– American Psychological Association (APA)

Group Living: For Baboons Intermediate Size Is Optimal

New research by a team of scientists led by Catherine Markham, PhD, a Stony Brook University anthropologist, reveals that intermediate-sized groups provide the most benefits to wild baboons.

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PNAS

– Stony Brook University

Researcher Links Crime Genre TV with Attitudes About Sexual Assault

A Mississippi State instructor of management is part of a recent study appearing in the Journal of Health Communication that explored the influence different crime dramas had on attitudes regarding sexual assault, rape and consent. Viewers of "Law and Order" had a better understanding of issues related to consent and were less likely to believe myths that blame sexual assault victims, whereas viewers of CSI and NCIS were linked with negative attitudes about sexual assault and consent-seeking behaviors.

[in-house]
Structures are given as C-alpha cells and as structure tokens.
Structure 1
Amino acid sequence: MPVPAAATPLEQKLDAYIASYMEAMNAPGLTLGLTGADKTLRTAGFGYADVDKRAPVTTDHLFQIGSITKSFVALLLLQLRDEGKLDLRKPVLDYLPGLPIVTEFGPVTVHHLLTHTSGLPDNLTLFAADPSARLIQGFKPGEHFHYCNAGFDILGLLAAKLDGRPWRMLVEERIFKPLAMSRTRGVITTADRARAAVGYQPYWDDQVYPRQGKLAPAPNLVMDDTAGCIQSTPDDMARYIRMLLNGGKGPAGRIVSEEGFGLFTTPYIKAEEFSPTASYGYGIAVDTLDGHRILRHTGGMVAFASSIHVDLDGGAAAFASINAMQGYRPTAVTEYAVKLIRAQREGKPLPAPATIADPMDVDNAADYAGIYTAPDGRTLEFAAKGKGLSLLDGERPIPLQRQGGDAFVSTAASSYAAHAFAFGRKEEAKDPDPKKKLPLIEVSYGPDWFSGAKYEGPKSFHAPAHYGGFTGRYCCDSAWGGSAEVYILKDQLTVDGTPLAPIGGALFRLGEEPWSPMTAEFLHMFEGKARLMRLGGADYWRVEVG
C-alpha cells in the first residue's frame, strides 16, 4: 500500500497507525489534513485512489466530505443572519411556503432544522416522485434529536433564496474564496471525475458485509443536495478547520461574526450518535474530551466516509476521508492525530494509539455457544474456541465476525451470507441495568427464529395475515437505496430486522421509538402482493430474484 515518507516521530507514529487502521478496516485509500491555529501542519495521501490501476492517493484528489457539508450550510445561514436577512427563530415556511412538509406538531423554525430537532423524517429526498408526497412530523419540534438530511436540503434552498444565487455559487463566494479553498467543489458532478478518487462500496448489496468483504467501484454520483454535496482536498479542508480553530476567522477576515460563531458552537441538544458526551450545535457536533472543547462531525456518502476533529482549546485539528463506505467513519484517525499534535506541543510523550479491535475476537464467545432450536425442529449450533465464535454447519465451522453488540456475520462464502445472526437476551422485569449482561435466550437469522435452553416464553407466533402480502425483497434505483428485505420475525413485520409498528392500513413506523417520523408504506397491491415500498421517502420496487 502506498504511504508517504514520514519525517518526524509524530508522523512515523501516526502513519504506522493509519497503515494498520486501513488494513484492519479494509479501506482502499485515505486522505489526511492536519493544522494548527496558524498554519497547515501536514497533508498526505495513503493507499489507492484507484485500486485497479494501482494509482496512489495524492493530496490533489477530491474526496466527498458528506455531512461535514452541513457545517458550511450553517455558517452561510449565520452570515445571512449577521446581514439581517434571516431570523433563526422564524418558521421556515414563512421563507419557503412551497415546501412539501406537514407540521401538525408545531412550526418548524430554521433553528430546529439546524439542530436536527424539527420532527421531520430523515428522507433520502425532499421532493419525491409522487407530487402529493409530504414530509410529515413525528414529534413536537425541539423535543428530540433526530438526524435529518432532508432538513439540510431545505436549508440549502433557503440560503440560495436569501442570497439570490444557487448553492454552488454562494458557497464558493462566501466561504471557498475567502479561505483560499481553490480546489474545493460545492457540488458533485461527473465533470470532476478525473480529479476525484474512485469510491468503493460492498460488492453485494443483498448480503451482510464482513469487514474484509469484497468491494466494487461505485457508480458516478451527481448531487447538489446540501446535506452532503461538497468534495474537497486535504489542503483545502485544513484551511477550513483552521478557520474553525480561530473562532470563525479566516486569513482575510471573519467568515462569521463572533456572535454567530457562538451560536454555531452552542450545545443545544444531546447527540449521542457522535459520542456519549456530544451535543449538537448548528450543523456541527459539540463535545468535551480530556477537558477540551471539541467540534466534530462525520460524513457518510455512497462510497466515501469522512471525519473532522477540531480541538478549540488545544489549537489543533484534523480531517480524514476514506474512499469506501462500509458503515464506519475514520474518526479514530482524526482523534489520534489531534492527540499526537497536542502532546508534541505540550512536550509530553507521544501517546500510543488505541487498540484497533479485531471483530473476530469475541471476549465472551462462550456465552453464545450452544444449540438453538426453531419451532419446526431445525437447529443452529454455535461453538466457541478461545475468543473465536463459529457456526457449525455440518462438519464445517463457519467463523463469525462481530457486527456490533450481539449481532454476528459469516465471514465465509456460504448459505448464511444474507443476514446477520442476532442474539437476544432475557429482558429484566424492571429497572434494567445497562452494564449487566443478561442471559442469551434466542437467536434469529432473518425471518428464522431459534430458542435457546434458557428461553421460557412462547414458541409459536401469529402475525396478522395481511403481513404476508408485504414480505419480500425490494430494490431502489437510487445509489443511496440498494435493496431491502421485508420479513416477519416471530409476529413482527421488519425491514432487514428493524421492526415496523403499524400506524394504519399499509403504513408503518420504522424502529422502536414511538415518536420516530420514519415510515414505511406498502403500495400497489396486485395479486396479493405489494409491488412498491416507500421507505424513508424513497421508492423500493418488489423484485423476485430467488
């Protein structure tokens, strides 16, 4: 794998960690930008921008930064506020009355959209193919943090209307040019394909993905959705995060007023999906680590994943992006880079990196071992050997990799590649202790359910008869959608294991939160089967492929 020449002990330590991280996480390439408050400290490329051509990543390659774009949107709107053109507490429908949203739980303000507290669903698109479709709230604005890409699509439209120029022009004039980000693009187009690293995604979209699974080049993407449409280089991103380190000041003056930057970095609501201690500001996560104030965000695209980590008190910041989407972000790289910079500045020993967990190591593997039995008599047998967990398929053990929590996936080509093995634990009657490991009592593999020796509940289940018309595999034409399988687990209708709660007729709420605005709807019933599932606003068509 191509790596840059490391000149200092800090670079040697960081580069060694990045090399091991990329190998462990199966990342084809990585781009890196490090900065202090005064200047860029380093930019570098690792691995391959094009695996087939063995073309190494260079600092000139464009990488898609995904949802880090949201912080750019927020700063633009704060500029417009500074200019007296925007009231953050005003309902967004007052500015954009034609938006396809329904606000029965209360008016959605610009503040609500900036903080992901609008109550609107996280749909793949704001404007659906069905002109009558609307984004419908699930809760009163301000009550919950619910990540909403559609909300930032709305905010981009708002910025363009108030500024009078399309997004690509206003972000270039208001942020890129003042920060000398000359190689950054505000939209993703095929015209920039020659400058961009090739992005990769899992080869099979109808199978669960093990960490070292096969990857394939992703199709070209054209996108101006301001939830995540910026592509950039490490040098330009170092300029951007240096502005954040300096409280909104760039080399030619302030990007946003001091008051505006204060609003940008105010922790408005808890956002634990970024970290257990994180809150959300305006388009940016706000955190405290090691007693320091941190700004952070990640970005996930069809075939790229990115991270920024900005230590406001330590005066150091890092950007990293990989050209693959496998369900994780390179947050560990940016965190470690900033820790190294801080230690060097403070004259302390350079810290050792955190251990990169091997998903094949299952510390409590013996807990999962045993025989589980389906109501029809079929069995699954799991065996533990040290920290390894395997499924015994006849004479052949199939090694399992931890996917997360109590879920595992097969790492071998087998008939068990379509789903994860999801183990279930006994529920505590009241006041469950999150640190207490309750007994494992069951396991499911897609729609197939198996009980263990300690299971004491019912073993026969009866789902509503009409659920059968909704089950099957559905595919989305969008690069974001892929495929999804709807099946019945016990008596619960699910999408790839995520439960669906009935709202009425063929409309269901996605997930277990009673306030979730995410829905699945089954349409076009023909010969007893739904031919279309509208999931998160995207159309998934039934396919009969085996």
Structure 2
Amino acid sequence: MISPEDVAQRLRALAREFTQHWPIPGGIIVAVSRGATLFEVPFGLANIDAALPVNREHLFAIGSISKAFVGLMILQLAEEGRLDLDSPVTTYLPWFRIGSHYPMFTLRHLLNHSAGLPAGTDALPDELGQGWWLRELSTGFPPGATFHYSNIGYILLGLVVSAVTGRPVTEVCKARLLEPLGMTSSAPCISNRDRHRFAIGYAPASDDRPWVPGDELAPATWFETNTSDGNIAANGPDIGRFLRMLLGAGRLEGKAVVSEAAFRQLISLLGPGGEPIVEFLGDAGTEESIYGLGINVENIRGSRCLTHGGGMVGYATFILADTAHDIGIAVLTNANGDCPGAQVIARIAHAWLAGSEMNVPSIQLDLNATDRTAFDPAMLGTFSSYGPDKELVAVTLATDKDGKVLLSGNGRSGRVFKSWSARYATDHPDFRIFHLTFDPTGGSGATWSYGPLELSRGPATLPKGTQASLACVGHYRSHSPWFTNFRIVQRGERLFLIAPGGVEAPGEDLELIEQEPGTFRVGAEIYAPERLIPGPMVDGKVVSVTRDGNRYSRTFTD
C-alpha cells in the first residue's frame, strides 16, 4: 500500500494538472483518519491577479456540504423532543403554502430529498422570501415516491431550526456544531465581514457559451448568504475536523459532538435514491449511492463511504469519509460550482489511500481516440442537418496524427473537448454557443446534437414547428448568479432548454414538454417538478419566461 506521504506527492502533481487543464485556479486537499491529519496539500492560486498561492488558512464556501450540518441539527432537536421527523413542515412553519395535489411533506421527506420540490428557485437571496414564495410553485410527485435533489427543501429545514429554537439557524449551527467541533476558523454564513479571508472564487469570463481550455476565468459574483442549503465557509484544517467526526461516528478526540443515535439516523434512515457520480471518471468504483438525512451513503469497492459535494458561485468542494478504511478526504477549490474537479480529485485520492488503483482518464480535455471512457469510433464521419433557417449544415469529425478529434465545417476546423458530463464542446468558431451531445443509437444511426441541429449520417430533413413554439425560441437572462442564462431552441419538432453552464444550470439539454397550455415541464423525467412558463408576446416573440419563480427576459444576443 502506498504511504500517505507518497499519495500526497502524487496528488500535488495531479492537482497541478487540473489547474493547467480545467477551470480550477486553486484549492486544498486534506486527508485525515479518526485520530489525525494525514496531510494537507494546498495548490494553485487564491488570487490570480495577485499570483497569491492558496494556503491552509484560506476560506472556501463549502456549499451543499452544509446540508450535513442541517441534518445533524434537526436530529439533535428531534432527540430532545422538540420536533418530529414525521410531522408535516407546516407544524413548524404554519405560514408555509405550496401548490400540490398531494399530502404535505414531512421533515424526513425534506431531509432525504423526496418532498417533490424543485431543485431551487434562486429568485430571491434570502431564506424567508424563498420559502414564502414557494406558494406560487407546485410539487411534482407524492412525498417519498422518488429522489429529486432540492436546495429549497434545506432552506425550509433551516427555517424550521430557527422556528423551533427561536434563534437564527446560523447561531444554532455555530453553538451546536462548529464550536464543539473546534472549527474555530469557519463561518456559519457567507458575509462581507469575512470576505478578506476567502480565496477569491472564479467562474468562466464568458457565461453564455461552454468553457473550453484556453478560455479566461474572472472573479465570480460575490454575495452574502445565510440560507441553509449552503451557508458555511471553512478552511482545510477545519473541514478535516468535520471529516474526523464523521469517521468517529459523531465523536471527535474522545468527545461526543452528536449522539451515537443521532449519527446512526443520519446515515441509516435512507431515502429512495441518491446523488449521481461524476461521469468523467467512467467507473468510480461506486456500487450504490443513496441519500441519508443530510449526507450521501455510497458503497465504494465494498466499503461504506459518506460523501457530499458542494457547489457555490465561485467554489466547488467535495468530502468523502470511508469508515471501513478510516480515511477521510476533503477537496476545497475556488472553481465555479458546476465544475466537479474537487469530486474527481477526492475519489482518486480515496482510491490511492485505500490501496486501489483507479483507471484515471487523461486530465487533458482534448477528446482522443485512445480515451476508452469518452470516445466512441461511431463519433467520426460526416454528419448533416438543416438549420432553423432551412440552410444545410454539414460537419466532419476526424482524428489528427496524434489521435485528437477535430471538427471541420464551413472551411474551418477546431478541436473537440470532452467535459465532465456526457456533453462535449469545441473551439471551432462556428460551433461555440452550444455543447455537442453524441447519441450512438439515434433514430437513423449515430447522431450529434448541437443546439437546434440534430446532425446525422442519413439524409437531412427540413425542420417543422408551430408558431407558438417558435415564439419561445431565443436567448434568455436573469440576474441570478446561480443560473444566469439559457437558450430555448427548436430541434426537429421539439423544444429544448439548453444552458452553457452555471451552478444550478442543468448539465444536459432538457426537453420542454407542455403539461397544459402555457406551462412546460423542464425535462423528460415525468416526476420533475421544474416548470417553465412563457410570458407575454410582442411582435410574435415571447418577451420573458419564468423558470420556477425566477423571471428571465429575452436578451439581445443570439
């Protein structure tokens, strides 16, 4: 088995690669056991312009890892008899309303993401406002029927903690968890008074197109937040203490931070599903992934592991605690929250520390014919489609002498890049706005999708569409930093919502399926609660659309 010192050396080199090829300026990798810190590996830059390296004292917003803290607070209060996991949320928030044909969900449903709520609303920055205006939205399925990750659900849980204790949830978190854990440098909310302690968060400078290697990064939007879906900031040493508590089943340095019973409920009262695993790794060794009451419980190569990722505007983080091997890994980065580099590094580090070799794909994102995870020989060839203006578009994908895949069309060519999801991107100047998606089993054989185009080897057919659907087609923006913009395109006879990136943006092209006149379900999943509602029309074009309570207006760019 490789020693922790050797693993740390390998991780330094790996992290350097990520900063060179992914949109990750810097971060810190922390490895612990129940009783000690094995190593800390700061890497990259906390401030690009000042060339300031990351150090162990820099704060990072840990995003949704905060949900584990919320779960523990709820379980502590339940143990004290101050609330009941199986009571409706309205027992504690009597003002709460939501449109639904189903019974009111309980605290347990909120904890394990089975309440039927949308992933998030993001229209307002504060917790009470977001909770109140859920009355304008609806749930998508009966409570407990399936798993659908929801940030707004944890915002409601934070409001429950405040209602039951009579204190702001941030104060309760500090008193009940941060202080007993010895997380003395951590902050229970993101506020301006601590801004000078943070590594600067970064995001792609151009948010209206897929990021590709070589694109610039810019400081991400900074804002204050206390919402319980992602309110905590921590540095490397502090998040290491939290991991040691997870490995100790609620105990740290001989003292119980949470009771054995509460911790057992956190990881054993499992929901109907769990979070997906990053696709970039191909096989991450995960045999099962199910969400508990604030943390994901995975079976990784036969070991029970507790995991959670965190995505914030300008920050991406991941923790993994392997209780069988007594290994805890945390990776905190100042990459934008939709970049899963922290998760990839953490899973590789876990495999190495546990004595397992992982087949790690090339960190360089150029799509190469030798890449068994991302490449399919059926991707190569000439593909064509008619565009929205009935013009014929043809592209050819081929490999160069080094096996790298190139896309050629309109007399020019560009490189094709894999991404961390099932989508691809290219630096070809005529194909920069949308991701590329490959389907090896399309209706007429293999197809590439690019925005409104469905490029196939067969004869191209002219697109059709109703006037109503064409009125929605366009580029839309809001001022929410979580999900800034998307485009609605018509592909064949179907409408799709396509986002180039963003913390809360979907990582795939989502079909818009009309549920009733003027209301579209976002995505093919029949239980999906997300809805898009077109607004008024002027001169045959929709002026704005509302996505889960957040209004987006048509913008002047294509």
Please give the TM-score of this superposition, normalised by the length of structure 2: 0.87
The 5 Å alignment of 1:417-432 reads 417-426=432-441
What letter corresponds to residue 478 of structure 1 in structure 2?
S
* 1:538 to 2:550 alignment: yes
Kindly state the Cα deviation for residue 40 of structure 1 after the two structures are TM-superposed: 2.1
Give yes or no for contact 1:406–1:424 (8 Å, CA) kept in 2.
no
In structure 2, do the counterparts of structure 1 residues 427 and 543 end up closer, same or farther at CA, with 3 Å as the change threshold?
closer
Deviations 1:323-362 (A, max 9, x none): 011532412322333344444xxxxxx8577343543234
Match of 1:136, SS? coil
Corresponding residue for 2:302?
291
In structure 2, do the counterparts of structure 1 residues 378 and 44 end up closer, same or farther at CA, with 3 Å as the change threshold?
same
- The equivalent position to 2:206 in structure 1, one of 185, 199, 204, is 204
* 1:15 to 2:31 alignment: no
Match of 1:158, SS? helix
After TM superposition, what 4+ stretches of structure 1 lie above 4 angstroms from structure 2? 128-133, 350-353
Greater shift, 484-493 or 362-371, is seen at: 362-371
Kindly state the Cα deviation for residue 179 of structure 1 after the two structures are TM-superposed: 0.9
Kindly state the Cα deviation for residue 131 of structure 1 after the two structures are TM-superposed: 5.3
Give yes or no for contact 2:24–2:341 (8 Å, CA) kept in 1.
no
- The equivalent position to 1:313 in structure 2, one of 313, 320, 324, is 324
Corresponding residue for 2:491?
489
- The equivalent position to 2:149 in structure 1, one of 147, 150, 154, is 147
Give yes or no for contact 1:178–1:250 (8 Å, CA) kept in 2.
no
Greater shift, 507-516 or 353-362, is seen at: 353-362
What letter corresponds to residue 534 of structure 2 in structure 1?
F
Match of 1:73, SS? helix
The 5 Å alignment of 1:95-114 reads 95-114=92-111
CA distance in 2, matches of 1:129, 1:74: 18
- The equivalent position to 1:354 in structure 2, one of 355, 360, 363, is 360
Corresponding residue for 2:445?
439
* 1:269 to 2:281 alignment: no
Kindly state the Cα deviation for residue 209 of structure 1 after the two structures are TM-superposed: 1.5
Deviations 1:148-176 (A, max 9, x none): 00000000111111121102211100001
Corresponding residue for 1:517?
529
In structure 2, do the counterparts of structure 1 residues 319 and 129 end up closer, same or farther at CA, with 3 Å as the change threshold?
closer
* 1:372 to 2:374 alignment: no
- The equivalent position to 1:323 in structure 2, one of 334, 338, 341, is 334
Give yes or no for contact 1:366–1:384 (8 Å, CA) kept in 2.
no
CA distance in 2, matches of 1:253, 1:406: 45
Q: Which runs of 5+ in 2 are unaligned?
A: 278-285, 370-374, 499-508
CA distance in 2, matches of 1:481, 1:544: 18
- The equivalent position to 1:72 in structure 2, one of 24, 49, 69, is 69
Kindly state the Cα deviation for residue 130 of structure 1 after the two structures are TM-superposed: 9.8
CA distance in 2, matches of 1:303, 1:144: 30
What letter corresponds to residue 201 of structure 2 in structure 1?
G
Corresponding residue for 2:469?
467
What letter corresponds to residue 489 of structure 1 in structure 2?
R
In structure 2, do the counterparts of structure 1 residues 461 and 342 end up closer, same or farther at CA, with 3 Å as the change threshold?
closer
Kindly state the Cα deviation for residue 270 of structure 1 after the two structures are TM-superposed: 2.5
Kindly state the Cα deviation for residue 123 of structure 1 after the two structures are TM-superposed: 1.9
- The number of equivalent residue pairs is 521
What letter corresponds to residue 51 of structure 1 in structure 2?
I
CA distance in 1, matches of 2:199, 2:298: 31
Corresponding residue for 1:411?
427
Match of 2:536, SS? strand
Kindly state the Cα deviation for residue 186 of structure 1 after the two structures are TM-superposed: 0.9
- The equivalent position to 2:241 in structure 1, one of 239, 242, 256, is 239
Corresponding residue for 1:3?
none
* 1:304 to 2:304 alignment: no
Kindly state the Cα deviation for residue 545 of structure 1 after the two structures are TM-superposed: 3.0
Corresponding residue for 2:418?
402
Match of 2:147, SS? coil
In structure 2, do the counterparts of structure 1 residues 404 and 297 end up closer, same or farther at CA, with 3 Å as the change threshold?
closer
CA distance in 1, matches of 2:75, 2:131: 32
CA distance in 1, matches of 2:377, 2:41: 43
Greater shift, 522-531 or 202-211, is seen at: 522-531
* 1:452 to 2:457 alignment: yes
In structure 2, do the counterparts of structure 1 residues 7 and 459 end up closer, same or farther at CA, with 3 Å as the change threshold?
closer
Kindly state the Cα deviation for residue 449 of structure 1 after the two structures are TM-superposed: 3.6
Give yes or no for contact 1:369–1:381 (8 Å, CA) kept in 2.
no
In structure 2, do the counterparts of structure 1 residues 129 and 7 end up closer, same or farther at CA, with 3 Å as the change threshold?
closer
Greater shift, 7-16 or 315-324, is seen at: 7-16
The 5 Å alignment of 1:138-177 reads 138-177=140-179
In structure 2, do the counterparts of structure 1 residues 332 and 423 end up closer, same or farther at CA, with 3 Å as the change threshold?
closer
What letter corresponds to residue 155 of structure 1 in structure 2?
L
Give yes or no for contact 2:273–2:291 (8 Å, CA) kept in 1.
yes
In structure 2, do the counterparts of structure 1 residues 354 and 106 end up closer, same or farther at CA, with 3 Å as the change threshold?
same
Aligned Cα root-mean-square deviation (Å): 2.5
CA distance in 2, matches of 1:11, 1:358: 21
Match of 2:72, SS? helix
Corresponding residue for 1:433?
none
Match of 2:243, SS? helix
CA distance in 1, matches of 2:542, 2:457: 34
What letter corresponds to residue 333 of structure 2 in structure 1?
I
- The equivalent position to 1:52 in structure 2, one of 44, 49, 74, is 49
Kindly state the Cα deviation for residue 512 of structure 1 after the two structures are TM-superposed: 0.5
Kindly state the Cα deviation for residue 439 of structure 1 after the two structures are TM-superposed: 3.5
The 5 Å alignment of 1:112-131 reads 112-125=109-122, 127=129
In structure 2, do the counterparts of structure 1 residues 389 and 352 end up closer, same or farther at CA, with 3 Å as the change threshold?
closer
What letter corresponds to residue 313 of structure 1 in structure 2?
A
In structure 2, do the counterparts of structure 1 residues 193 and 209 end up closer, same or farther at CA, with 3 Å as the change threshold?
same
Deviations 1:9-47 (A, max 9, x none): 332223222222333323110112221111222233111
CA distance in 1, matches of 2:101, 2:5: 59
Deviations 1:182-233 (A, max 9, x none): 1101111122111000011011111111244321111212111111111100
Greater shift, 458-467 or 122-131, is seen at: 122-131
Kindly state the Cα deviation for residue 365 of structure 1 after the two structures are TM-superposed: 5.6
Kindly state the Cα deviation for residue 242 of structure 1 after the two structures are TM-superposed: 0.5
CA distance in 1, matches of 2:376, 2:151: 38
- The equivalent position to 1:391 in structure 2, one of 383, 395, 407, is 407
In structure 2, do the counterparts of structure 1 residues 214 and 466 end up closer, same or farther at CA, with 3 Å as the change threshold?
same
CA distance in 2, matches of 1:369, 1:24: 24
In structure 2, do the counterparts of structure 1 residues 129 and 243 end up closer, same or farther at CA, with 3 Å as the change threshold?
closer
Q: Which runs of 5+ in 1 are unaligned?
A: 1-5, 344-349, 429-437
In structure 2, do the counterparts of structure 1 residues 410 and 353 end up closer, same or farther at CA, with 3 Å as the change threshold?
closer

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Journal of Health Communication

– Mississippi State University

Rehab Counselors Help Clients Find Work, Live Independently

Rehabilitation counselors can help clients with physical or mental disabilities—or both, as is often the case—find employment and live independently, according to South Dakota State University professor Alan Davis. October is National Disability Employment Awareness month.

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Expert(s) available

– South Dakota State University

26-Oct-2015

Annual Survey Reveals New #1 Fitness Trend in 2016

Nearly 3000 exercise pros predict what you’ll see in fitness next year

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Health & Fitness Journal